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Sleep and Mental Health

Written by Cam Gorman; Oct. 26, 2023

Sleep Could Be Impacting Your Mental Health

Do you find that you’ve been feeling more depressed recently? With the new school year having just started a couple months ago, teenagers are being burdened with not only tight deadlines and copious amounts of homework, but also early start times and late nights spent studying. The looming threat of the school day can also be a motivator for wanting to stay up and enjoy what little free time you have left. But, how bad is sleep deprivation for your mind? One source says, “Poor sleep leads to worrying. Worrying leads to poor sleep. Worrying about sleep is like your mind trying to fight itself. That's a horrible place to be.”1 Let’s examine what this means.

How does the stress-sleep cycle work?

Sleep is critical to heal not only our bodies, but also our minds. It has been proven that sleep is necessary in order to process memories and positive feelings.2 Therefore, when we sleep less than we need to, we become more irate and have a worse memory, which can then lead to more stress, which fuels the cycle. Therefore, many teens look to the weekend for an opportunity to catch up on their sleep. However, sleeping for longer periods of time and at irregular times can make it even harder to get back on track when the week comes around.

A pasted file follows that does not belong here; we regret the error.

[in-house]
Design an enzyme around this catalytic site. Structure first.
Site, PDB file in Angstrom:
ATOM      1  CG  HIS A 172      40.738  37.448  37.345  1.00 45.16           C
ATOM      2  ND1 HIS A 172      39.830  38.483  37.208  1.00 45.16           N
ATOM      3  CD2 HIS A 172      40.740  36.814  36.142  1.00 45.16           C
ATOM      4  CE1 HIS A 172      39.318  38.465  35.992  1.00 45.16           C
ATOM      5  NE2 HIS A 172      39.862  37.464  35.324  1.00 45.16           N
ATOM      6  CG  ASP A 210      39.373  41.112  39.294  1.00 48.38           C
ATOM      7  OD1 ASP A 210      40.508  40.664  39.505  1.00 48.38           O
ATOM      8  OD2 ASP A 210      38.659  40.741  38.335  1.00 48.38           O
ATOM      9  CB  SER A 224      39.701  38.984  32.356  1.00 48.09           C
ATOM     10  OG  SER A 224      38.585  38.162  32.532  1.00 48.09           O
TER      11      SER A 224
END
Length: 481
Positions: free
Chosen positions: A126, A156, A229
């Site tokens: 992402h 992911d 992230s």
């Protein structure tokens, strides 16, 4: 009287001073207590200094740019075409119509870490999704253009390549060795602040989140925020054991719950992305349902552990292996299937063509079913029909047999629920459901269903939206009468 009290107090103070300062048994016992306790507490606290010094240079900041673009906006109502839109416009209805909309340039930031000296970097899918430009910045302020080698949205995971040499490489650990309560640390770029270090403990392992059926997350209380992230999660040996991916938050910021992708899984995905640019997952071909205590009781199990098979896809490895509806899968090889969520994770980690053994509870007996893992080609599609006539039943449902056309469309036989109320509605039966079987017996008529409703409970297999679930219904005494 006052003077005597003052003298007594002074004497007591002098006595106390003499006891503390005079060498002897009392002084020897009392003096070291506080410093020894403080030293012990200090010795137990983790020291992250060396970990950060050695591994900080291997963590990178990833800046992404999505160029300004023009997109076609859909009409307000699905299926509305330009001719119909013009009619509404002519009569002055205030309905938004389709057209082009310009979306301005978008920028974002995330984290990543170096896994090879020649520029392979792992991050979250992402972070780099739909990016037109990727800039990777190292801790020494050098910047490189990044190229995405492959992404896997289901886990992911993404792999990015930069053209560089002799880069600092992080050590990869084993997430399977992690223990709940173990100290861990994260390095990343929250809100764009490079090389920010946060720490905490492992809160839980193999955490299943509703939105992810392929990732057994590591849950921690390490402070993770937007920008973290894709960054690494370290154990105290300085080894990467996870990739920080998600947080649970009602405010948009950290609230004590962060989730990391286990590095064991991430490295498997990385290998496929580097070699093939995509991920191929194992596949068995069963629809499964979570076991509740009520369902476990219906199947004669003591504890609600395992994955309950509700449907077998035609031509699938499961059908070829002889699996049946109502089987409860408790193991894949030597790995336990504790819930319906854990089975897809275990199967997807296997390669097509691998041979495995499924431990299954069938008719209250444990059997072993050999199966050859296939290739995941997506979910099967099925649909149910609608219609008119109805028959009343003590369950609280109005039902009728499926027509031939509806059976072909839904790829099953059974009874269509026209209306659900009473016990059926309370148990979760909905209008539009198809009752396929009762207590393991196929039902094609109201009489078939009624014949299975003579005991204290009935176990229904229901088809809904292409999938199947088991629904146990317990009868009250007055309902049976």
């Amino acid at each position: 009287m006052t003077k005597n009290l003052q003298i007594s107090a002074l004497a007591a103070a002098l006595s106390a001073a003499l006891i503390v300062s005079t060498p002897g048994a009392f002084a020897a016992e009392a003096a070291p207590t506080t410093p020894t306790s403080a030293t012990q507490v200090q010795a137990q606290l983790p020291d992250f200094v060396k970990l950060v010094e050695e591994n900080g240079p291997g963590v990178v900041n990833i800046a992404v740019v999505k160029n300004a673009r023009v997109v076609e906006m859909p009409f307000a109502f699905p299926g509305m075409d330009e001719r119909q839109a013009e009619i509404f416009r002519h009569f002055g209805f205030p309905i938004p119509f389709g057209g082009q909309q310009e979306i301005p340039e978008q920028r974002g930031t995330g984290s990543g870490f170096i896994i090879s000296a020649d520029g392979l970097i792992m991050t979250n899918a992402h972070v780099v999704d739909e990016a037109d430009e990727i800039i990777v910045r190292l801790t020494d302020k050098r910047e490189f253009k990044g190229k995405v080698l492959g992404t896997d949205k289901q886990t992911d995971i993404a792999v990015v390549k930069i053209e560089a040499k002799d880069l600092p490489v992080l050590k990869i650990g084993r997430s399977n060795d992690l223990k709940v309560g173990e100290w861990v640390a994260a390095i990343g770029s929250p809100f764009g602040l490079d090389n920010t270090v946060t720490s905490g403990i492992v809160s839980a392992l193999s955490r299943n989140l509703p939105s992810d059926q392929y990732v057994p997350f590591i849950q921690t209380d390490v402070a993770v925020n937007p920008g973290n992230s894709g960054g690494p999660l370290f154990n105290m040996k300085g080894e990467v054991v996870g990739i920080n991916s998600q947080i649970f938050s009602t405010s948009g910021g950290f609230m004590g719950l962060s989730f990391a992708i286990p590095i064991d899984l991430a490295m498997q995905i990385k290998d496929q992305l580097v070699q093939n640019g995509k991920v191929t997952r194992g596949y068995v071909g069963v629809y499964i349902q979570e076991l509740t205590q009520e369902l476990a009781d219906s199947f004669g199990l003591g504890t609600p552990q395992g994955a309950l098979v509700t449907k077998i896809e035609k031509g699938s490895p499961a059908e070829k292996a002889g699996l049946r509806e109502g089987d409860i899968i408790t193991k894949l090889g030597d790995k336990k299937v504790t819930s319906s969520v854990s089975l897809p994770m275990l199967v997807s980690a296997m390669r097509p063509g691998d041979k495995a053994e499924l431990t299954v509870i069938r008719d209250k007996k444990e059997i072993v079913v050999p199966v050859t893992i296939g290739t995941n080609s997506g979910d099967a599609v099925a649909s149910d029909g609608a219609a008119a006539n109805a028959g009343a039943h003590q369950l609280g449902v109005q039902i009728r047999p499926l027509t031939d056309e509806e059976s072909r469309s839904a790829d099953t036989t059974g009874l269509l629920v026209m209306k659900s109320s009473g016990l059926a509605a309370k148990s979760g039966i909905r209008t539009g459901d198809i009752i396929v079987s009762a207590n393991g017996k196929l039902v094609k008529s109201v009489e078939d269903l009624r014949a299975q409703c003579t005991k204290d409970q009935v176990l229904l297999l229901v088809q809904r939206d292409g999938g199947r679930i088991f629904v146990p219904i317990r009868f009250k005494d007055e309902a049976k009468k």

A lack of sleep has detrimental effects on our mental health. Depression and anxiety can rear their ugly heads when faced with a sleep-deprived teen, as well as irritability and paranoia in more susceptible teens. Suicidal ideation is also more common in those who do not get enough sleep.

How can I make sure I sleep better?

Improving the amount of sleep that you get is critical to your health and in ensuring that you stay in the right state of mind. Here are some ways that you could do so right now:

  • Practice meditation or other relaxing activities like listening to music or reading. Since many people have trouble sleeping due to increased stress, reducing that stress before going to sleep could assist with making sure you get enough.

  • Stay off of screens. This is one that probably won’t go over well, but it’s true; electronic screens can keep you up and prevent you from resting as soundly as you could. If you are unable to fall asleep on time, try staying off of or away from screens for just an hour before bed.

  • Don’t sleep in too much on the weekends. Going to bed and waking up very late sounds like a great idea… except for when Monday comes around and that “going to bed late” doesn’t mesh well with “getting up at 6AM.” Keeping a relatively stable sleep schedule is important to making sure you get enough sleep during the week.

1. “How to cope with sleep problems” Mind, May 2023. Accessed 26 Oct. 2023.

2. Suni, Eric. “Mental Health and Sleep.” Sleep Foundation, 20 Oct. 2023. Accessed 26 Oct. 2023.

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